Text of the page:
Fish oil (n-3 or omega-3) for pregnant mothers or breastfeeding mothers to prevent allergies in their young children

Fish and fish oil are the major sources of omega-3 long chain fatty acids. Dietary marine omega-3 fatty acid supplements during pregnancy may change the immune system of the newborn before allergic responses are established, particularly for those with a genetic predisposition to the production of the immunoglobulin E (IgE) antibody. Individuals with IgE-mediated allergies have both the signs and symptoms of the allergic disease and a positive skin prick test (SPT) to the allergen.

Allergy is an important public health problem that places a burden on individuals, society and healthcare costs. Allergic diseases include food allergies, eczema (atopic dermatitis), asthma or wheeze and hay fever (allergic rhinitis). Many childhood allergies continue into adulthood.

Pregnant women, especially those from Western countries, are not eating as much fish and allergic diseases have been increasing over the time that pregnant women have been eating less fish. The unborn baby gets nutrition from his or her mother and so the mother's diet is important. Supplementing women with omega-3 fatty acids from marine origin may be important in preventing their children from developing allergies.

In this review of randomised controlled studies, we evaluated the effects of adding marine omega-3 fatty acids to women’s diets during pregnancy or lactation on allergic diseases in their children. We analysed eight trials that involved 3366 women and 3175 children. The women were randomly assigned to receive a marine omega-3 supplement (as fish oil capsules, or added to foods) or no treatment during pregnancy (five trials), during breast feeding (two trials) or both pregnancy and breast feeding (one trial). Overall, the methodological quality of the trials varied, with only two trials being at low risk of bias.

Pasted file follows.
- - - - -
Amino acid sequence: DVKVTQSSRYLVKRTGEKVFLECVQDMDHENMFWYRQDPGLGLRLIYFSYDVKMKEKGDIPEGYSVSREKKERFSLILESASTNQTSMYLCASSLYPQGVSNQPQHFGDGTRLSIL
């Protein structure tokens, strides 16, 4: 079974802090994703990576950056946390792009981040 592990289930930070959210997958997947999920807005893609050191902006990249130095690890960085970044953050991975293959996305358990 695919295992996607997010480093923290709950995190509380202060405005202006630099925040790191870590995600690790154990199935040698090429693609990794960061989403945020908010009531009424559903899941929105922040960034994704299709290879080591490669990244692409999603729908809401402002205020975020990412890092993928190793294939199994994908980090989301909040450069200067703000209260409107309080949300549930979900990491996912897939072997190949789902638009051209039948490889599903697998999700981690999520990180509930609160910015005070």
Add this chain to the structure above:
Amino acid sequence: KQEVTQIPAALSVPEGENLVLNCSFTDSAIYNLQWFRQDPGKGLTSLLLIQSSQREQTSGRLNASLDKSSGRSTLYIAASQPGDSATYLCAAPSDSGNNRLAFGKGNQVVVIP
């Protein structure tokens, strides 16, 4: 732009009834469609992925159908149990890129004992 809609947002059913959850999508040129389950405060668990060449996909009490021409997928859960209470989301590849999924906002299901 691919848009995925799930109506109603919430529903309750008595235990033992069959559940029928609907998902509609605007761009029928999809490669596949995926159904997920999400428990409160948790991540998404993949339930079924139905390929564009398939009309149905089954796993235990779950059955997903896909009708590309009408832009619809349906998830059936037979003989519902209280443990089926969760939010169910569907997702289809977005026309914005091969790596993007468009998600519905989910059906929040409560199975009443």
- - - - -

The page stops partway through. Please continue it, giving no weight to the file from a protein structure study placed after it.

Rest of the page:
Overall, the results showed little effect of maternal marine omega-3 supplementation during pregnancy and/or breast feeding for the reduction of allergic disease in the children. However there were reductions in some outcomes such as food allergy during the baby's first year and eczema with marine omega-3 supplementation in women with a baby at high risk of allergy. Currently, there is not enough evidence to say that omega-3 supplements from marine origin during pregnancy and/or breast feeding for mothers will reduce allergies in their children.